The conference will take place from Thursday, May 25, to Saturday, May 27, 2023, starting around 9.00 am on Thursday and ending in the late afternoon on Saturday.
Please click here for a detailed version of the conference program, including information on sessions and presenters.
NOTE that last-minute changes to the program will be posted in the foyer at Campus Blåsenhus (by the registration desk).
Maze Map – Finding the Conference Venues
Uppsala university uses an interactive map, called MazeMap. Please use MazeMap whenever you need to find your way around campus. To find the room you are looking for, you enter the room designation in the search field.
The conference will open in a building called ”Engelska parken” (the English Park Campus) in the lecture hall ”Ihresalen”. Registration will take place outside of the lecture hall.
All of the panel sessions and the plenary lectures will take place in a building called Blåsenhus. Lunch will be served in the neighbouring building, at Segerstedthuset. The room for the plenary lectures is called Eva Netzelius-salen: 10:K102 Eva Netzelius-salen, in Blåsenhus.
The reception on Thursday evening will take place in Universitetshuset, and Friday night’s conference dinner will be held at Norrlands nation.
Kristin Hoganson (University of Illinois)
”The Tell-Tale Heart: Reconsidering the Mythical Core of the Nation in Light of the Turn to the Global”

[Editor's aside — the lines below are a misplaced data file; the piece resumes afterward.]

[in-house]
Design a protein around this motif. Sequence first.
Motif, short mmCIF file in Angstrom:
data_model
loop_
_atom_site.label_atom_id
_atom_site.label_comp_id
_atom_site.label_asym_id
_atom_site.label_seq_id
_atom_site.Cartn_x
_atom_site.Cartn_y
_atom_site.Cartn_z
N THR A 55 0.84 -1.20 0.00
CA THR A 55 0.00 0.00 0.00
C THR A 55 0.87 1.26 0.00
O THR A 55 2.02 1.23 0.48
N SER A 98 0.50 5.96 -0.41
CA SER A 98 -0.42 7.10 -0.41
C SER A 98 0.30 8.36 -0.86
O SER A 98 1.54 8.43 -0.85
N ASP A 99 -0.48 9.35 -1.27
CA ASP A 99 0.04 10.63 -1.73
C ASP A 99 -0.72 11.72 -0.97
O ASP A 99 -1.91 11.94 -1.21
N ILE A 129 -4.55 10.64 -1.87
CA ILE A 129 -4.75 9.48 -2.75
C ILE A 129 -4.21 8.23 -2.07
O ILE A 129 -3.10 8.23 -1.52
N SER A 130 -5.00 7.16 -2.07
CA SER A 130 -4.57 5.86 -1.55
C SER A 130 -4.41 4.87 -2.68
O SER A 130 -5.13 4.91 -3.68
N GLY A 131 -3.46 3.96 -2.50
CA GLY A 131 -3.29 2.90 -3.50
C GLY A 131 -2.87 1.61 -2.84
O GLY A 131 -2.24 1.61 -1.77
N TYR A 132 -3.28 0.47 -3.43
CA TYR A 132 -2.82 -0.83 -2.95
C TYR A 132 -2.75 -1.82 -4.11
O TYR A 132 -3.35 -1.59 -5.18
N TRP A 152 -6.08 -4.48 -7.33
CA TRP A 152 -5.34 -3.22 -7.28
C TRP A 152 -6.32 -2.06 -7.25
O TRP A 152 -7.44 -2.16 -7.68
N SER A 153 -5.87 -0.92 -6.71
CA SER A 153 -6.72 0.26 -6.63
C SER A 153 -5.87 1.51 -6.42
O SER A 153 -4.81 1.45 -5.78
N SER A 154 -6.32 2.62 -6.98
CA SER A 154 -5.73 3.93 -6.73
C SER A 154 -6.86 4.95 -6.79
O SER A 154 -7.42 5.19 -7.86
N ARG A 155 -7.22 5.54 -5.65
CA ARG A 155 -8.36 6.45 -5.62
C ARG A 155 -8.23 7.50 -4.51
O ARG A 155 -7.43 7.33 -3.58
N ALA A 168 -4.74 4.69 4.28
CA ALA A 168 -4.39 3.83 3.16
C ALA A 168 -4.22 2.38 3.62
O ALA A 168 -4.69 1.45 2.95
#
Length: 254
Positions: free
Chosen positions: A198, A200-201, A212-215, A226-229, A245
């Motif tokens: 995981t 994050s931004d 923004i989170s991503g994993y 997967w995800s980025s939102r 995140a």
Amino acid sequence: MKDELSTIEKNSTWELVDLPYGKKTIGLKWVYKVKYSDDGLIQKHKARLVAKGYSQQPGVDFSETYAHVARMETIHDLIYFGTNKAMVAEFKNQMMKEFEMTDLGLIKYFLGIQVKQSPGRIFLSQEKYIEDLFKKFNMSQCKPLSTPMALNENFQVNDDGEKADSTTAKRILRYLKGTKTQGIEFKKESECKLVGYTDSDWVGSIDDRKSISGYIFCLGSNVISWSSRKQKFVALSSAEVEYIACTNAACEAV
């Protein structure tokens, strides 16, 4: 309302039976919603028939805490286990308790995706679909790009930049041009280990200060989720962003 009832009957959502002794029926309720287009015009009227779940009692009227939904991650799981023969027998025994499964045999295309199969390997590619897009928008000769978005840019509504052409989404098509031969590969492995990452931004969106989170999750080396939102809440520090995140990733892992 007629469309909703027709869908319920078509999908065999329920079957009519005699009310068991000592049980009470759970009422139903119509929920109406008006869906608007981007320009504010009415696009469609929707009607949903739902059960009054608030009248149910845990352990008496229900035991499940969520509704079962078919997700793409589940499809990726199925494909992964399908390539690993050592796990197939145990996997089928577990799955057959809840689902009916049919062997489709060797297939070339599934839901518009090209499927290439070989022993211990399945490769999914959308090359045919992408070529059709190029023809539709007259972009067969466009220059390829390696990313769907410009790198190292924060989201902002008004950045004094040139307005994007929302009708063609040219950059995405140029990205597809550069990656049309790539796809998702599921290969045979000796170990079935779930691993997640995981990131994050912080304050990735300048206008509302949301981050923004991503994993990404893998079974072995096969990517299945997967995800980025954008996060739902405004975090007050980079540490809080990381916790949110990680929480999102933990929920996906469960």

The heartland myth holds up the small town and rural Midwest as the quintessentially all-American place. Celebrants regard the heartland nostalgically, believing that it is under siege; critics associate it with exclusionary and small-minded impulses. Love it or hate it, Americans tend to regard the heartland as local, insulated, isolationist, and provincial; as the ultimate national safe space. This talk considers how local histories that look both in and out can challenge such conceptions, helping us to root U.S. history more deeply in global history and to counter imperial denial.
Imre Szeman (University of Waterloo)
”The Future of the Sun”
”The Future of the Sun” assesses claims being made about the best approach to energy transition and the shape of the renewable world that lies just over the horizon. Nation-states and entrepreneurs are offering publics competing visions of energy and environmental futures, even as right-wing ideologues fight to ensure the future looks much like the past. This lecture will provide an account of the discursive struggles now being fought to establish (in the words of Bill Gates) “the dull, factually correct middle” in which our green futures are supposed to be lived out.